Background Comparable global data on health and nutrition of school-aged children and adolescents are scarce. We aimed to estimate age trajectories and time trends in mean height and mean body-mass index (BMI), which measures weight gain beyond what is expected from height gain, for school-aged children and adolescents.
- Poor diet: Children 20cm shorter as a result, analysis says. (2020, November 6). BBC News. https://www.bbc.co.uk/news/health-54828544
A global analysis suggests that on average the world's tallest teenagers live in the Netherlands.
- Cordaid. (2020, November 4). Better data, better schools, better education. Cordaid International. https://www.cordaid.org/en/news/better-data-better-schools-better-education/
The DRC government and Cordaid are building a database of DRC’s more than 60.000 schools. Girls are the first to profit from this data-driven innovation.
- Haßler, B., Nicolai, S., McBurnie, C., Jordan, K., Wilson, S., & Kreimeia, A. (2020). EdTech and COVID-19 response [EdTech Hub Report]. EdTech Hub. https://doi.org/10.5281/zenodo.4118177
This document is background paper 3 for the #SaveOurFuture campaign as an EdTech Hub report. The full paper and other working group papers are available here: https://saveourfuture.world/white-paper/. The evidence library entry for the background paper in original format is https://docs.edtechhub.org/lib/SXDQAPB6.
- Haßler, B., Nicolai, S., McBurnie, C., Jordan, K., Wilson, S., & Kreimeia, A. (2020). EdTech and COVID-19 response [Save Our Future] (Background Paper No. 3; #SaveOurFuture). Education Commission. https://doi.org/10.5281/zenodo.3983877
This document is background paper 3 for the #SaveOurFuture campaign. The full paper and other working group papers are available here: https://saveourfuture.world/white-paper/. This document is also available as an EdTech Hub report, see https://docs.edtechhub.org/lib/IA9PL99D
- Pattillo, K. (2020, October 2). Lant Pritchett on 5 Ways We Can Learn From Biology to Shift Education Systems. Medium. https://medium.com/edwell/lant-pritchett-on-5-ways-we-can-learn-from-biology-to-shift-education-systems-5d5afb8ee108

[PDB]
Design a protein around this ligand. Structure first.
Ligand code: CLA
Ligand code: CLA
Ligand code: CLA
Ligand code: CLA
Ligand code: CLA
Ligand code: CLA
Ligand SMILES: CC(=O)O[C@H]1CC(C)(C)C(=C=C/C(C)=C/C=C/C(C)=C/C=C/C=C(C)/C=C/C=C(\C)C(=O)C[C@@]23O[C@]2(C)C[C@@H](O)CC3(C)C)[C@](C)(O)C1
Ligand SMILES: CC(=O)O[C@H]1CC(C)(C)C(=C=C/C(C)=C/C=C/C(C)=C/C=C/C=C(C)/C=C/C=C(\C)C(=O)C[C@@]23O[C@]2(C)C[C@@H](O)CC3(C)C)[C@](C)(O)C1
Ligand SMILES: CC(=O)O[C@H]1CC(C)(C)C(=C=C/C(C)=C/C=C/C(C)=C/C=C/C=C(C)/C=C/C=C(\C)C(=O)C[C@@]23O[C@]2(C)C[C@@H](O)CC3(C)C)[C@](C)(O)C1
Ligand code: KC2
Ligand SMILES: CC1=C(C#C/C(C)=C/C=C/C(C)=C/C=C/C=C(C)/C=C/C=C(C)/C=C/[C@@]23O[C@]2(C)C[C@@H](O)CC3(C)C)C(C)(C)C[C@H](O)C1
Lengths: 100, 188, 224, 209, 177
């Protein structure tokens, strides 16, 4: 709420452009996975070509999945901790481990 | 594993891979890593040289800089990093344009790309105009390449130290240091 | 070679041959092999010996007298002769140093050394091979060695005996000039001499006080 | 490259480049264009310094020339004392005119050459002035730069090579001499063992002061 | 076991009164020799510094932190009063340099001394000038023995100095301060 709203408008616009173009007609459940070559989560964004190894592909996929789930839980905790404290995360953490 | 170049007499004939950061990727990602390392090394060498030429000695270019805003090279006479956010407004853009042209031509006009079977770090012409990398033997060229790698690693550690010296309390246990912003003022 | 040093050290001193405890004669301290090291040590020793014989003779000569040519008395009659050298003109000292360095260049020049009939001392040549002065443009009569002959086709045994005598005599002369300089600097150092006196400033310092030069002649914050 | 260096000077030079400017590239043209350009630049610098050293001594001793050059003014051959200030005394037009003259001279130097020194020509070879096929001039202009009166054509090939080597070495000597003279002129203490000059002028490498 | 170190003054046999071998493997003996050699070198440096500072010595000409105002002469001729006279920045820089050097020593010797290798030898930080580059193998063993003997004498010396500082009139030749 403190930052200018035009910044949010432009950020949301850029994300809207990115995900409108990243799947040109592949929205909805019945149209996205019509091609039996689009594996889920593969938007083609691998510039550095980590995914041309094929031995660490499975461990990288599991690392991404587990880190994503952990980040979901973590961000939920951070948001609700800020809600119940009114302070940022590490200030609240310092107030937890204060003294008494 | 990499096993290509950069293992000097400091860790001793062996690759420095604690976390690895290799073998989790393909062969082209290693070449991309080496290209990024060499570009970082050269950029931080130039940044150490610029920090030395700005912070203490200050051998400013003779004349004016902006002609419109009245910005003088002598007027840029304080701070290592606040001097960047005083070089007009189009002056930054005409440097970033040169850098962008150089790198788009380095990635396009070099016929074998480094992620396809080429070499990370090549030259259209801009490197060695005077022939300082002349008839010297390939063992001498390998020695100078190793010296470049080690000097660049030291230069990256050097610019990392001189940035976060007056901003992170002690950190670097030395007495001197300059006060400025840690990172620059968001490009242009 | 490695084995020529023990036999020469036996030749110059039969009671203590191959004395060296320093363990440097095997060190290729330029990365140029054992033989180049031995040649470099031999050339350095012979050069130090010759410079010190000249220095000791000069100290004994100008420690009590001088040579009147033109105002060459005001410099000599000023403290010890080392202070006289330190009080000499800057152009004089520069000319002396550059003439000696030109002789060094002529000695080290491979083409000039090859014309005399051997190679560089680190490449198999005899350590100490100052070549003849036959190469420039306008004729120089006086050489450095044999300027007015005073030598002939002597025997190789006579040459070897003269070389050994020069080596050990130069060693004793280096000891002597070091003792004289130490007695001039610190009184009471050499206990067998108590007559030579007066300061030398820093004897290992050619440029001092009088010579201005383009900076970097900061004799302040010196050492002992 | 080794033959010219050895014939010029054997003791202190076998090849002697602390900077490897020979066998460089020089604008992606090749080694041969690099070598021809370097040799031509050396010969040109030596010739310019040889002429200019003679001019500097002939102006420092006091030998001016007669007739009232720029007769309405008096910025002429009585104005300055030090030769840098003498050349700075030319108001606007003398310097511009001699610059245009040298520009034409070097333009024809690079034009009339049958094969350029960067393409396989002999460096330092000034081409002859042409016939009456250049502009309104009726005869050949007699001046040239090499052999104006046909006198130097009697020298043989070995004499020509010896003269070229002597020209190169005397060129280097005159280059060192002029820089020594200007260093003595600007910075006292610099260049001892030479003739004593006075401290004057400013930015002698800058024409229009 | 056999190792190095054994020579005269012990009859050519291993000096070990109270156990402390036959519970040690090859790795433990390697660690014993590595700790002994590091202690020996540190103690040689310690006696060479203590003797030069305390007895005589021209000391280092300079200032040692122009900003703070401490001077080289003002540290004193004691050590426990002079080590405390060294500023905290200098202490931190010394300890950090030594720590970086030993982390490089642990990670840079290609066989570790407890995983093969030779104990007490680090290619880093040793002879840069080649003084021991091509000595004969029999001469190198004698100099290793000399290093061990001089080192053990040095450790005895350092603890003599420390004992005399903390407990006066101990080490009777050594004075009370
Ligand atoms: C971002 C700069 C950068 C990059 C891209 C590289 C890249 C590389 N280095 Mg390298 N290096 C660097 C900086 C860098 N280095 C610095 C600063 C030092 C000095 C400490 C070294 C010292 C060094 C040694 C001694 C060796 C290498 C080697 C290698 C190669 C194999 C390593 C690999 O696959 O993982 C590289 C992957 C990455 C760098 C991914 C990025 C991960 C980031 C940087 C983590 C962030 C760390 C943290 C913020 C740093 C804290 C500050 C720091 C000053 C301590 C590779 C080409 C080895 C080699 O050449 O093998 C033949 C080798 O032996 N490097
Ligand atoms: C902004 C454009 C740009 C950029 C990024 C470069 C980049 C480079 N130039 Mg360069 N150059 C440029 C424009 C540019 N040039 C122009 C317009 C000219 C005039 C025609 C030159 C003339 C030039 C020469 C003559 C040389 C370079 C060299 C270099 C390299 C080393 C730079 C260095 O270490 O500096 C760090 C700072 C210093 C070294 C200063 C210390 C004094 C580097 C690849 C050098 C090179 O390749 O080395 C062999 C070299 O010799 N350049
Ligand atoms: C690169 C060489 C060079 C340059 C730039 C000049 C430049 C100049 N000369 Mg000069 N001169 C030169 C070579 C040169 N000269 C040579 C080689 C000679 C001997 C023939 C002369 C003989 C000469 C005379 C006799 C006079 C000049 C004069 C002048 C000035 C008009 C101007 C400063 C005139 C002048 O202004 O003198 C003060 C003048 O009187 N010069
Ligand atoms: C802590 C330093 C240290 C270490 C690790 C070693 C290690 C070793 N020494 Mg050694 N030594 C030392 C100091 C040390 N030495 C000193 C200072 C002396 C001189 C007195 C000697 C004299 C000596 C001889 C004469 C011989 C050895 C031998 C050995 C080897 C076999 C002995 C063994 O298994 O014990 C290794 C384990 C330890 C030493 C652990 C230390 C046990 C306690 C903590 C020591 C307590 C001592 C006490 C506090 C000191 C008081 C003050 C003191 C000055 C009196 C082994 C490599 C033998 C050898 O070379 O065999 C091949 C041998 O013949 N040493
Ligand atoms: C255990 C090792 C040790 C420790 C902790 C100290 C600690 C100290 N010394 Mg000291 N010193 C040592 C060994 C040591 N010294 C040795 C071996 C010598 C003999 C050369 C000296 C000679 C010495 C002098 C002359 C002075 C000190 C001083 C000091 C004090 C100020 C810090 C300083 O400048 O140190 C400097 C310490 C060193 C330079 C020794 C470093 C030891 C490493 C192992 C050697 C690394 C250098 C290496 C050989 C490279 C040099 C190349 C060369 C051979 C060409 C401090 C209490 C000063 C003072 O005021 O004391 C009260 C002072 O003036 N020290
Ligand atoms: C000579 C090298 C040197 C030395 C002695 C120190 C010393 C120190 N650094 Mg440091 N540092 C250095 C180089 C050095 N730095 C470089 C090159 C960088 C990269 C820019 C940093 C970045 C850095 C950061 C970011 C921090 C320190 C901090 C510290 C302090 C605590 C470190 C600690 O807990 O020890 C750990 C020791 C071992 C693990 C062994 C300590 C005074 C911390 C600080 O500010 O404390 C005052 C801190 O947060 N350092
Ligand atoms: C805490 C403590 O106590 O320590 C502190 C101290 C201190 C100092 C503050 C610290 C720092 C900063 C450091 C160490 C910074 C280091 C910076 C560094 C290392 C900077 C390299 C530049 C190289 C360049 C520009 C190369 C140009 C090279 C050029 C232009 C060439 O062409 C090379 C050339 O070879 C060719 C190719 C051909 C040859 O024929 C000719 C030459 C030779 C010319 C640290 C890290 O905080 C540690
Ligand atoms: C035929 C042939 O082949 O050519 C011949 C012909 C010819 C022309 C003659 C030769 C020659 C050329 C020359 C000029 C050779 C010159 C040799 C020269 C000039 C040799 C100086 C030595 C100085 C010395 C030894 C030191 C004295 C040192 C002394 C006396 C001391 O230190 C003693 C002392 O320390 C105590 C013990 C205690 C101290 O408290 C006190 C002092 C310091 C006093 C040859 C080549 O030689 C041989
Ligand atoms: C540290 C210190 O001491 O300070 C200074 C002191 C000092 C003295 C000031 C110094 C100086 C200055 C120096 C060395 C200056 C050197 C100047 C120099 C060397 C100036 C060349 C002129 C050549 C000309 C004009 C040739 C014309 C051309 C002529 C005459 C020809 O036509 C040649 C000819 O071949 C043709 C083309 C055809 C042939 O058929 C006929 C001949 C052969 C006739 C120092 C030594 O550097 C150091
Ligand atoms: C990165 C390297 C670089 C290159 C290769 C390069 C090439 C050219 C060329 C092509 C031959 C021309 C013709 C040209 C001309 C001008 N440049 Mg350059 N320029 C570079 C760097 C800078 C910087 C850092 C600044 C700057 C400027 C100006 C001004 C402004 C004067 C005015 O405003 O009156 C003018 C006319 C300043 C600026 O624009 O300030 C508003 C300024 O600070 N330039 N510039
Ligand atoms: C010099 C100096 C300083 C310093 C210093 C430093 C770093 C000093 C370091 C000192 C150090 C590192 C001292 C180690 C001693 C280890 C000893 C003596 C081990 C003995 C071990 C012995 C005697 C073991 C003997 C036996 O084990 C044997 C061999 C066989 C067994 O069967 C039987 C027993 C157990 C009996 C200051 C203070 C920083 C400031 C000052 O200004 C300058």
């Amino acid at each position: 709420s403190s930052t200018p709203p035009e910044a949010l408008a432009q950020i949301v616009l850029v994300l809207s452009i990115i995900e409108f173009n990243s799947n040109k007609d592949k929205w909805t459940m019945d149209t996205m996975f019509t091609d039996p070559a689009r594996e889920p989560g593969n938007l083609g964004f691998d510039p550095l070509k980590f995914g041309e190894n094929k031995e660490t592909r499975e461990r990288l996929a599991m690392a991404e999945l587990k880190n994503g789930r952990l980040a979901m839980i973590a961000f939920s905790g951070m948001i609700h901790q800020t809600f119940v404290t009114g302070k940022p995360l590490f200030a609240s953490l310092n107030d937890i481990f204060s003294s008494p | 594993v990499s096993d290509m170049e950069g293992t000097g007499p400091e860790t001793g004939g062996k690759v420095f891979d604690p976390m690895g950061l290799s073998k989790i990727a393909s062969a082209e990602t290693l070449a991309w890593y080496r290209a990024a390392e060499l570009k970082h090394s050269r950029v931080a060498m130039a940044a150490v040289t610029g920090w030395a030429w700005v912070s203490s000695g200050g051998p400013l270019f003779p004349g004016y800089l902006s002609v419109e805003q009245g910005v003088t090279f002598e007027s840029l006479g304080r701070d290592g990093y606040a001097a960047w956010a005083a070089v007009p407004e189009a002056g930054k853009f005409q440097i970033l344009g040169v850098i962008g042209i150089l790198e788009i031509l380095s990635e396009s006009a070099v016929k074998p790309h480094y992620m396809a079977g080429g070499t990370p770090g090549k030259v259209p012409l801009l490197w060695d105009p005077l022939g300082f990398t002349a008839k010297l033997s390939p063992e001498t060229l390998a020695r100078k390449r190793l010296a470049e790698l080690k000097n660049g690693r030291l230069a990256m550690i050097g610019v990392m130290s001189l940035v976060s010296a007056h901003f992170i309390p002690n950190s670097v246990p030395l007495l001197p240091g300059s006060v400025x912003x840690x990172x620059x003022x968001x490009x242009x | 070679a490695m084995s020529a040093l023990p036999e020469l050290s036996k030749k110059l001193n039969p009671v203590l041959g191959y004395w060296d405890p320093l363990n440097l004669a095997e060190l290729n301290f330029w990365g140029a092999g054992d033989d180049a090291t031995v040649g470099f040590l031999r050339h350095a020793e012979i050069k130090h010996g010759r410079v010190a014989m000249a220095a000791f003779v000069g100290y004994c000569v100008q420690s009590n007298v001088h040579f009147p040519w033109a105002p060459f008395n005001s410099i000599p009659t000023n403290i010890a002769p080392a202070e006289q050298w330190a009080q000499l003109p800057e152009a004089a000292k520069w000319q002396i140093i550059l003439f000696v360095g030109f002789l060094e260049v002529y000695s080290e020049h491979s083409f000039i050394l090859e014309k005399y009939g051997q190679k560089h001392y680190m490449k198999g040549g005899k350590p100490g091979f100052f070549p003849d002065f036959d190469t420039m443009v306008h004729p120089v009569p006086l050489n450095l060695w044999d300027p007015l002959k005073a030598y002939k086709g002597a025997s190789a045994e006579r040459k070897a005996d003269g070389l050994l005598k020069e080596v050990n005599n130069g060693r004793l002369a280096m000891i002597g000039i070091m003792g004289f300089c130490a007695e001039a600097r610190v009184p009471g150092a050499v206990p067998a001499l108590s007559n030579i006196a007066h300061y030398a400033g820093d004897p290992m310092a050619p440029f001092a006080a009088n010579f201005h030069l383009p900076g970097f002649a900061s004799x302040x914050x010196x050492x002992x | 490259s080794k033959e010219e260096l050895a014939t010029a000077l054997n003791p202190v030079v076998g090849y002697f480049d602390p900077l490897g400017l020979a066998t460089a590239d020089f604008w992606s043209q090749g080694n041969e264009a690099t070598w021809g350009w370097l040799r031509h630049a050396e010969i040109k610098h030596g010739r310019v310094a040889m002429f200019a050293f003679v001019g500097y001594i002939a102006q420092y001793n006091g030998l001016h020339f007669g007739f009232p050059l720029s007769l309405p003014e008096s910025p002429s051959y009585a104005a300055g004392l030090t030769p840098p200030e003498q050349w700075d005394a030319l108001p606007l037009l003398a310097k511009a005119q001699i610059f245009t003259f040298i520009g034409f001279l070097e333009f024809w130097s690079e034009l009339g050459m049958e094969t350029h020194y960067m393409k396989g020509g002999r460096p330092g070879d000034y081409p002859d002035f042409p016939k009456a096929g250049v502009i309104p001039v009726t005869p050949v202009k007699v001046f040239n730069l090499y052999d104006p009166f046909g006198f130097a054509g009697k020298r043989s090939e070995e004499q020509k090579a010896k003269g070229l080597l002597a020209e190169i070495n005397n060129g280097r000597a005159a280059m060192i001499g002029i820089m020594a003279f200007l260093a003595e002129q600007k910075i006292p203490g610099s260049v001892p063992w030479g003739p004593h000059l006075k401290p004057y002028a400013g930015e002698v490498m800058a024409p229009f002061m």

An intro to “The Rebirth of Education” — the most important book on why ed reforms in the Global South fail and what we can do about it.
- Jakiela, P., Ozier, O., Fernald, L., & Knauer, H. (2020). Big Sisters. https://www.cgdev.org/sites/default/files/big-sisters.pdf
We model household investments in young children when parents and older siblings share caregiving responsibilities and when investments by older siblings contribute to young children’s human capital accumulation. To test the predictions of our model, we estimate the impact of having one older sister (as opposed to one older brother) on early childhood development in a sample of rural Kenyan households with otherwise similar family structures. Older sibling gender is not related to household structure, subsequent birth spacing, or other observable characteristics, so we treat the presence of an older girl (as opposed to an older boy) as plausibly exogenous. Having an older sister rather than an older brother improves younger siblings’ vocabulary and fine motor skills by more than 0.1 standard deviations. Viewed through the lens of our model, the empirical pattern we observe suggests that: (i) older siblings’ investments in young children contribute to their human capital accumulation, and (ii) households perceive lower returns to investing in older girls than in older boys.
- Quinn, C. (2020, September 11). Universities prepare for semester of online and hybrid learning. The Pie News. https://thepienews.com/analysis/university-prepare-online-hybrid-learning/
News and business analysis for Professionals in International Education, Many students are not enthusiastic about online learning after a summer of lecture-by-Zoom. So what have universities and colleges planned for the new semester?
- Ouya, A. (2020, September 9). Leveraging Hybrid Learning As The Future of Education. CIO East Africa. https://www.cio.co.ke/leveraging-hybrid-learning-as-the-future-of-education/
Isn’t it easy to dream, imagine, envision, and talk about the future of something? Becoming the visionary of that idea or being part of the process and seeing it succeed? Education today is very different from what it was 20 years ago, but it still has room to move. Learning is changing with the times, …
- Scott, C. (2020, September 8). The classroom goes hybrid. AV Magazine. https://www.avinteractive.com/features/comment/classroom-goes-hybrid-08-09-2020/
Craig Scott, chief technology officer of ViewSonic, explores post-Covid-19 education and preparing for a world of hybrid learning and teaching.